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Alec Ross on how cognitive robots will change the world

Technology policy expert Alec Ross describes how cognitive robotics will impact the labor market and discusses why the U.S. is in the best position to capture tomorrow's industries.

In 10 years, we'll see big changes in how people live their lives and how companies operate, thanks to the innovation that's now being kindled around the world. So says Alec Ross, former innovation adviser to Hillary Clinton during her term as U.S. Secretary of State, who lays out the thesis in his new book, The Industries of the Future. In Part 1 of our interview, Ross explains how the technology underlying the cryptocurrency Bitcoin, blockchain technology, will greatly reduce the friction in financial and other transactions. Here he discusses the impact of cognitive robots and the outlook for U.S. companies trying to compete on a global scale.

This interview has been edited for length.

You talked about robotics a lot in your book and you focused for the most part on physical robots. What about cognitive robots, and the idea that robotic processes will displace knowledge workers? 

Alec Ross: It's really interesting. Because of two developments, robotics is going to be able to shift from being manual and repetitive to [being] cognitive and nonrepetitive. The significant events this year are 1) mathematical breakthroughs in modeling, [where] tasks that were once very complex to model for robots, like grasping, [are now] able to be done; and 2) cloud robotics: The notion that a robot has to have an enormous amount -- tens of thousands and hundreds of thousands of dollars' worth -- of hardware and software has been rendered moot by cloud robotics. This essentially has made machine learning and powerful AI a much more accessible commodity than we would have imagined five years ago. And what this means is that they'll increasingly get into the work of knowledge workers.

Alec RossAlec Ross

When we think about robotic labor, to this point we've thought about it largely displacing manual labor. But where it's clearly headed is displacing cognitive labor. Think about the economics of robotics: Humans are very low Capex and a lot of Opex. When you hire a human, there are not very many upfront costs: maybe buying them a computer or something like that. But it's quite substantial Opex. They want a salary every two weeks. Robots have an inverted cost structure. It's a lot of Capex. You've got to buy the expensive robot, but then [there's] very little Opex. They'll work for 24 hours, you don't have to give them a salary, they don't have health insurance benefits, they don't get sick. And so what we see is that as powerful robotics grows more affordable, the Capex/Opex trade-off is increasingly advantaging robotic labor and advantaging it not just for manual labor but for cognitive labor.

McKinsey has predicted that the work of as many as 140 million knowledge workers will be done by cognitive robots over the next 10 years, across the globe, which is both fascinating and terrifying when you think about the impact on the economy and how companies operate.

When you hire a human, there are not very many upfront costs: maybe buying them a computer or something like that. ... Robots have an inverted cost structure.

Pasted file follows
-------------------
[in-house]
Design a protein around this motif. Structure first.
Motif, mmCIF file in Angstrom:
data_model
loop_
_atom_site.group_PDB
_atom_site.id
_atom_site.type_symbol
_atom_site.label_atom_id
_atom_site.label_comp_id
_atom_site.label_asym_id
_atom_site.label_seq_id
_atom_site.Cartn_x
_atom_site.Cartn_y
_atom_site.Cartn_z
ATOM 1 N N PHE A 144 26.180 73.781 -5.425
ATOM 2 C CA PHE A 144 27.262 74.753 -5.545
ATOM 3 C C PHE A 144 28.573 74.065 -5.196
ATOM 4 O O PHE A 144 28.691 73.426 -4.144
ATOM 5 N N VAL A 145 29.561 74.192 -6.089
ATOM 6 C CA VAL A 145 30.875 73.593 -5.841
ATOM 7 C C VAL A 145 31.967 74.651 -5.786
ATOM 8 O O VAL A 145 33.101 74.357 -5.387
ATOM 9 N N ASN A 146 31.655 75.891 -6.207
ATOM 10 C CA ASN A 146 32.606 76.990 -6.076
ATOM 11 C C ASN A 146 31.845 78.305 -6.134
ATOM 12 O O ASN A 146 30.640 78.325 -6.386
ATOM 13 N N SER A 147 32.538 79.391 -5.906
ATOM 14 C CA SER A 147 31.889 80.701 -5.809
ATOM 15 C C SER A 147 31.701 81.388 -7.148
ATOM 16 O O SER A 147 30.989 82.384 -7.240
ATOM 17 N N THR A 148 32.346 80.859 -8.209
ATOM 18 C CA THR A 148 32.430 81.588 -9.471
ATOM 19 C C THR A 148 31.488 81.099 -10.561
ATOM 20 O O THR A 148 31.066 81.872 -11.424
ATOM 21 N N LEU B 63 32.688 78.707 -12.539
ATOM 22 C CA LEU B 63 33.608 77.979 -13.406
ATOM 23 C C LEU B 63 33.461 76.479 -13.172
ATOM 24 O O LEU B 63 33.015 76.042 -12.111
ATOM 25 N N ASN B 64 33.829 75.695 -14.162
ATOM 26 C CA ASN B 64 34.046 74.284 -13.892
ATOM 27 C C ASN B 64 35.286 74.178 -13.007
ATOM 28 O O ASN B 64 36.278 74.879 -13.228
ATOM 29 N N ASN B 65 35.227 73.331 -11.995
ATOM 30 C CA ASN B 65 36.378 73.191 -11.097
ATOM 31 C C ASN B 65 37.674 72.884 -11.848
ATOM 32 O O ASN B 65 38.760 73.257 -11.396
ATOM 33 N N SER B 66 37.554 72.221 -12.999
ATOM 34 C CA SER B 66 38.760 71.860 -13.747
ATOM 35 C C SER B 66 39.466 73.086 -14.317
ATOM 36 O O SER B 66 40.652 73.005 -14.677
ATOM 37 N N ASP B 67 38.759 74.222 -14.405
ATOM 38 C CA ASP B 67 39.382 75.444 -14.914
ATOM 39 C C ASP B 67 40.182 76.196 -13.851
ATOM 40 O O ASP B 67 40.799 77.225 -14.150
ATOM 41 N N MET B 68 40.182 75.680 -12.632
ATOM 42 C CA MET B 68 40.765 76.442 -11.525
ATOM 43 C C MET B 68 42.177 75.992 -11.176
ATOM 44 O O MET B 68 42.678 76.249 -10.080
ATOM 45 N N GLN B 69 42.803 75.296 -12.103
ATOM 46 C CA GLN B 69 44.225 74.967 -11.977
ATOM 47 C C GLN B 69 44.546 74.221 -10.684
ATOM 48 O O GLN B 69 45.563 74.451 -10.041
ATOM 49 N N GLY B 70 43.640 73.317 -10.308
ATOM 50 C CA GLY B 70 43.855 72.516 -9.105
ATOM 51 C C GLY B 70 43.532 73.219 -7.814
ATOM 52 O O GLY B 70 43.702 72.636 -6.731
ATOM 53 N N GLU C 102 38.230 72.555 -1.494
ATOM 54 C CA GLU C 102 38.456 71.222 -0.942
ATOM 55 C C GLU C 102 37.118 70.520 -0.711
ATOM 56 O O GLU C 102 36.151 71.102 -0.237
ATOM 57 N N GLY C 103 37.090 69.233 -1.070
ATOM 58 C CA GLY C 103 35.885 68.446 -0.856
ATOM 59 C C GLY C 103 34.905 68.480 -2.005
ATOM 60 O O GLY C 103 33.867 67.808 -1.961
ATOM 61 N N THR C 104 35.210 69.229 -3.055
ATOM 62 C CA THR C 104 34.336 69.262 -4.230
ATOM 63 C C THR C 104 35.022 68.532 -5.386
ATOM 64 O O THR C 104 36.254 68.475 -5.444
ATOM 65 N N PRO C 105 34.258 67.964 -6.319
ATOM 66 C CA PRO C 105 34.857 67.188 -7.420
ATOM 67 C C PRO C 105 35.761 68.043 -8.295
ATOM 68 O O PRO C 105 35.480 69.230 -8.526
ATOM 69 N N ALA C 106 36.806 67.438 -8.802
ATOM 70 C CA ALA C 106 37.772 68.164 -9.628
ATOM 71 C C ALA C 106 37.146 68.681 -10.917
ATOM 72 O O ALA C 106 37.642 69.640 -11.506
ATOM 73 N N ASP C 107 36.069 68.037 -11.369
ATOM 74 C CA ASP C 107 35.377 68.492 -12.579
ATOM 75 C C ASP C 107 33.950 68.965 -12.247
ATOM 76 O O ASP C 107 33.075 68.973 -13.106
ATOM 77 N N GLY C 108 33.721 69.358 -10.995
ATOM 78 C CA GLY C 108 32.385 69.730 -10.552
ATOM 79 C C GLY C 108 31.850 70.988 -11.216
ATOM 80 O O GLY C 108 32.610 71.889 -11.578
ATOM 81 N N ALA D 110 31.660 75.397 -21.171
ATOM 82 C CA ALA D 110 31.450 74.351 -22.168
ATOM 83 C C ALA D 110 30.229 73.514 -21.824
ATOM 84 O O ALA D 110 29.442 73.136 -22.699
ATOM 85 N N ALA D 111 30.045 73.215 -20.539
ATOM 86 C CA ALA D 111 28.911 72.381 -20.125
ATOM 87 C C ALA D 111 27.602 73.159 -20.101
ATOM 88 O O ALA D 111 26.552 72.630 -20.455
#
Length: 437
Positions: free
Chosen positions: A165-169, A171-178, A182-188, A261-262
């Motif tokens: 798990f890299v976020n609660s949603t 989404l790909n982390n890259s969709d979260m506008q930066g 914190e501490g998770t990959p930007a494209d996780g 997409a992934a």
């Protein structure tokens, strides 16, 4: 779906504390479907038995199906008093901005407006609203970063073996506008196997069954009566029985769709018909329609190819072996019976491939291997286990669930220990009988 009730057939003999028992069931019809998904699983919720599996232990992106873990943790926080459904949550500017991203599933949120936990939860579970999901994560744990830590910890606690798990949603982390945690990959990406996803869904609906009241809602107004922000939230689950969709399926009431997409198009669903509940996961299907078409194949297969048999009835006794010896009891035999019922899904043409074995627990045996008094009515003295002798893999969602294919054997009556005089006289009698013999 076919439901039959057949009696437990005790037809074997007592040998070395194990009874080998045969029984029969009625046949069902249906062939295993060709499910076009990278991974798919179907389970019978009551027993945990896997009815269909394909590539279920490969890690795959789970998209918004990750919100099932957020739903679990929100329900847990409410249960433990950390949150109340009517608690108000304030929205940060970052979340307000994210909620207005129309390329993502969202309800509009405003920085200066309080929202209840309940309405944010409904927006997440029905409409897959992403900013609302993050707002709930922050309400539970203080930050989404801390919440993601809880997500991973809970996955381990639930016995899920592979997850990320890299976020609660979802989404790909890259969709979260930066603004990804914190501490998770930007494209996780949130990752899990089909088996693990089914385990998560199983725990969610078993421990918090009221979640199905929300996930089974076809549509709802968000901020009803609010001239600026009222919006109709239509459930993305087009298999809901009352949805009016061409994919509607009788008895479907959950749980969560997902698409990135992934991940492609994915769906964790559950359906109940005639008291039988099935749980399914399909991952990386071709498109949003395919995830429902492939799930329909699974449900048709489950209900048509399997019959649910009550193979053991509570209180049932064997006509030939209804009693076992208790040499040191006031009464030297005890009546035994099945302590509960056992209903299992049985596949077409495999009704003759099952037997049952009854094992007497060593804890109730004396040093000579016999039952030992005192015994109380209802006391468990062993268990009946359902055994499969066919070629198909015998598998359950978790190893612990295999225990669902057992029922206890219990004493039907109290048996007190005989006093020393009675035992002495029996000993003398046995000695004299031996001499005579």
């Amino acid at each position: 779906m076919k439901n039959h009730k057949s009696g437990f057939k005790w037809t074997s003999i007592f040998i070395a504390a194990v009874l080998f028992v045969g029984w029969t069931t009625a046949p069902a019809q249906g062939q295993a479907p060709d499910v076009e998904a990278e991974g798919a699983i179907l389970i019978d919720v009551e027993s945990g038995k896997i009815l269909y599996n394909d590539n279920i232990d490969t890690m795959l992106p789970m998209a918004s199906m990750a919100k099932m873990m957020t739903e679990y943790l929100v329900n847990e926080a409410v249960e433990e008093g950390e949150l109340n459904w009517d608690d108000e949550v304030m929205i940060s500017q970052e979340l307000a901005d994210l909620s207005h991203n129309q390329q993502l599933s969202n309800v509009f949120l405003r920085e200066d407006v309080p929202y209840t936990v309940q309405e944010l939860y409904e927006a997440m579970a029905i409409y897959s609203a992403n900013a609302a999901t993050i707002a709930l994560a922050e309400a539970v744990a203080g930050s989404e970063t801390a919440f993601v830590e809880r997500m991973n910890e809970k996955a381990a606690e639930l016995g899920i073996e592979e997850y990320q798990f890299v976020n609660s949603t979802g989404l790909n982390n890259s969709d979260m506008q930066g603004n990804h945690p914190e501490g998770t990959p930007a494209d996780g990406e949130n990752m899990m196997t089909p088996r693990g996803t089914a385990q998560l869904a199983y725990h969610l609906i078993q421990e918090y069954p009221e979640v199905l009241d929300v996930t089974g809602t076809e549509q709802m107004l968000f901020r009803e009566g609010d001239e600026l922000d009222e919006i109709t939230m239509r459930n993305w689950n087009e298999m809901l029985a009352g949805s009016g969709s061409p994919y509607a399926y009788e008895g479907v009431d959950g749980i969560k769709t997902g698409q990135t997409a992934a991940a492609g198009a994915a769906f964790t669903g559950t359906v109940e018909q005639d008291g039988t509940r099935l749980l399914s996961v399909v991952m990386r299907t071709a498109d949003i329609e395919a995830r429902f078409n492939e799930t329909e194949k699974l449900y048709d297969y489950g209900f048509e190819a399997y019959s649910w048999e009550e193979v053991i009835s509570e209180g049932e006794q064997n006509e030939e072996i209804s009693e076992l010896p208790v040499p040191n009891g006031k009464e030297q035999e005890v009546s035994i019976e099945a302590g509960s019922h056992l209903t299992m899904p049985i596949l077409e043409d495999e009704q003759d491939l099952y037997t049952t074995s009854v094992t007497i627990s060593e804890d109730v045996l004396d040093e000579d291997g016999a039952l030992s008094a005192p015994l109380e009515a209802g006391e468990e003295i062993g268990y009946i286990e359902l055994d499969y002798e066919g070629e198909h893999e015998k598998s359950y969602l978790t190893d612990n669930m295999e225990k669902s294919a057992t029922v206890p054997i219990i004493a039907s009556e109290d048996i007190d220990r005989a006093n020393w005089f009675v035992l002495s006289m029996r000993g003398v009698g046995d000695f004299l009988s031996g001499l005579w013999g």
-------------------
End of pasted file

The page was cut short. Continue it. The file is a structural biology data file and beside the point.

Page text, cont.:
Alec Rossauthor, Industries of the Future

Ross: We're moving into a work world where either you're telling a computer what to do or a computer is telling you what to do. And I imagine that in the 2020s, there will be the kinds of labor protests against automated labor as there were in the 1990s against free trade.

It is a fascinating time. As much as we think about how the Internet has changed communication, collaboration and commerce, I think the changes over the next 10 years are going to be equal to what the Internet has done to the world over the last 20. 

A lot of the topics that you cover in your book are presented with a global perspective. What's the outlook for U.S. companies in terms of competing in this global economy where technology changes the dynamics and can change the balance of power?

Ross: The United States is in a great position because it has some distinct strengths. No. 1: It has the world's best knowledge workers. No. 2: It has access to high-risk, early-stage capital to nourish ideas and bring them to market. And No. 3: The entrepreneurial spirit is better here than anywhere else in the world. We have a willingness to take risks that others simply do not. So I do continue to believe that the United States is in a position to capture the industries of tomorrow better than anybody else.

If I were an American company, what I would focus on is identifying today's frontier markets [outside the U.S.] that are going to be tomorrow's developing markets. So in the same way that people who began investing in China or India in the 1990s and building relationships and building businesses there are likely quite wealthy today, so too are a lot of markets that are on the fringes today going to be very fast developing over the next 10, 12, 15 years. And positioning yourselves in large, fast-growing markets is smart corporate behavior for any American company.

I'm very bullish on the future of Mexico, Central America and South America. I think the American market is and will remain a strong one but I think we ought to take advantage of the fact that our companies are so strong and the dollar is such a strong currency that we ought to be a part of the development of other economies.

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